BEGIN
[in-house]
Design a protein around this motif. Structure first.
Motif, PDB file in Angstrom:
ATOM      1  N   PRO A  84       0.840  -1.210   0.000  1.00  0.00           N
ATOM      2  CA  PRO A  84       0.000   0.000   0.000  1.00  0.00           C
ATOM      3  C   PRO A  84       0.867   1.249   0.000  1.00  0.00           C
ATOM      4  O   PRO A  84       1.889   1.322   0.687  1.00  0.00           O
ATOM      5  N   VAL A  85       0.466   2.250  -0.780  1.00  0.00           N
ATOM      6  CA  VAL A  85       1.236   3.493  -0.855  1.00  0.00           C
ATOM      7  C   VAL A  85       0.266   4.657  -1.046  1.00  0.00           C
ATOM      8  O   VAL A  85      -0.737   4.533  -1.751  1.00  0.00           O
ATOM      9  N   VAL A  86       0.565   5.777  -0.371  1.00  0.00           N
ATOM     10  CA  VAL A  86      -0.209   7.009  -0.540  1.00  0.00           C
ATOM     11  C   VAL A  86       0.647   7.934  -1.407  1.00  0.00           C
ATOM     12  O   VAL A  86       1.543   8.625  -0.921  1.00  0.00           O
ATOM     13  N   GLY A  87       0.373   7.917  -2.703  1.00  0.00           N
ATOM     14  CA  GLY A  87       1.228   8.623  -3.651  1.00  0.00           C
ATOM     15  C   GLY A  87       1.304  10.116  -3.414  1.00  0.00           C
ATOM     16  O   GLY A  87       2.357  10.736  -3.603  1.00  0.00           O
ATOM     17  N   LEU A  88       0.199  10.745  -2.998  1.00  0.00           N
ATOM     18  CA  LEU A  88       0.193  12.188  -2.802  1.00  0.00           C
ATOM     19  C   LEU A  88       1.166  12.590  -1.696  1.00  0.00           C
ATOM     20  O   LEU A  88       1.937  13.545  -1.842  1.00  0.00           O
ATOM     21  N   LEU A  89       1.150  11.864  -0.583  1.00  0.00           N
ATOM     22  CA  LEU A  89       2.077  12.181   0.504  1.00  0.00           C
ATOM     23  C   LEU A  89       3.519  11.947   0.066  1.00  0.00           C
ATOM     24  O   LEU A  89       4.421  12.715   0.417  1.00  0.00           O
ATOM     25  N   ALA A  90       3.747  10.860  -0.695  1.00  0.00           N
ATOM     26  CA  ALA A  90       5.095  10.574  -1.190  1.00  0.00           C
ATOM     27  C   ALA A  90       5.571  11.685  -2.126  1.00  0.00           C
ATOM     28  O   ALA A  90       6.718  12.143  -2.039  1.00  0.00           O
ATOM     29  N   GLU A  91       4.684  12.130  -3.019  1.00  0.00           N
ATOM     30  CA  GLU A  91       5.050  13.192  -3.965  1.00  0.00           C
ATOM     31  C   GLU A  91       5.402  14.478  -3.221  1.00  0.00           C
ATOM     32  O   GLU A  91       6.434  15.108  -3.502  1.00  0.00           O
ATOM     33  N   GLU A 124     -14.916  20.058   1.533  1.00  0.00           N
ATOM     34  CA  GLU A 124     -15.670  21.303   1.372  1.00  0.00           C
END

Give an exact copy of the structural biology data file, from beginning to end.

[in-house]
Design a protein around this motif. Structure first.
Motif, PDB file in Angstrom:
ATOM      1  N   PRO A  84       0.840  -1.210   0.000  1.00  0.00           N
ATOM      2  CA  PRO A  84       0.000   0.000   0.000  1.00  0.00           C
ATOM      3  C   PRO A  84       0.867   1.249   0.000  1.00  0.00           C
ATOM      4  O   PRO A  84       1.889   1.322   0.687  1.00  0.00           O
ATOM      5  N   VAL A  85       0.466   2.250  -0.780  1.00  0.00           N
ATOM      6  CA  VAL A  85       1.236   3.493  -0.855  1.00  0.00           C
ATOM      7  C   VAL A  85       0.266   4.657  -1.046  1.00  0.00           C
ATOM      8  O   VAL A  85      -0.737   4.533  -1.751  1.00  0.00           O
ATOM      9  N   VAL A  86       0.565   5.777  -0.371  1.00  0.00           N
ATOM     10  CA  VAL A  86      -0.209   7.009  -0.540  1.00  0.00           C
ATOM     11  C   VAL A  86       0.647   7.934  -1.407  1.00  0.00           C
ATOM     12  O   VAL A  86       1.543   8.625  -0.921  1.00  0.00           O
ATOM     13  N   GLY A  87       0.373   7.917  -2.703  1.00  0.00           N
ATOM     14  CA  GLY A  87       1.228   8.623  -3.651  1.00  0.00           C
ATOM     15  C   GLY A  87       1.304  10.116  -3.414  1.00  0.00           C
ATOM     16  O   GLY A  87       2.357  10.736  -3.603  1.00  0.00           O
ATOM     17  N   LEU A  88       0.199  10.745  -2.998  1.00  0.00           N
ATOM     18  CA  LEU A  88       0.193  12.188  -2.802  1.00  0.00           C
ATOM     19  C   LEU A  88       1.166  12.590  -1.696  1.00  0.00           C
ATOM     20  O   LEU A  88       1.937  13.545  -1.842  1.00  0.00           O
ATOM     21  N   LEU A  89       1.150  11.864  -0.583  1.00  0.00           N
ATOM     22  CA  LEU A  89       2.077  12.181   0.504  1.00  0.00           C
ATOM     23  C   LEU A  89       3.519  11.947   0.066  1.00  0.00           C
ATOM     24  O   LEU A  89       4.421  12.715   0.417  1.00  0.00           O
ATOM     25  N   ALA A  90       3.747  10.860  -0.695  1.00  0.00           N
ATOM     26  CA  ALA A  90       5.095  10.574  -1.190  1.00  0.00           C
ATOM     27  C   ALA A  90       5.571  11.685  -2.126  1.00  0.00           C
ATOM     28  O   ALA A  90       6.718  12.143  -2.039  1.00  0.00           O
ATOM     29  N   GLU A  91       4.684  12.130  -3.019  1.00  0.00           N
ATOM     30  CA  GLU A  91       5.050  13.192  -3.965  1.00  0.00           C
ATOM     31  C   GLU A  91       5.402  14.478  -3.221  1.00  0.00           C
ATOM     32  O   GLU A  91       6.434  15.108  -3.502  1.00  0.00           O
ATOM     33  N   GLU A 124     -14.916  20.058   1.533  1.00  0.00           N
ATOM     34  CA  GLU A 124     -15.670  21.303   1.372  1.00  0.00           C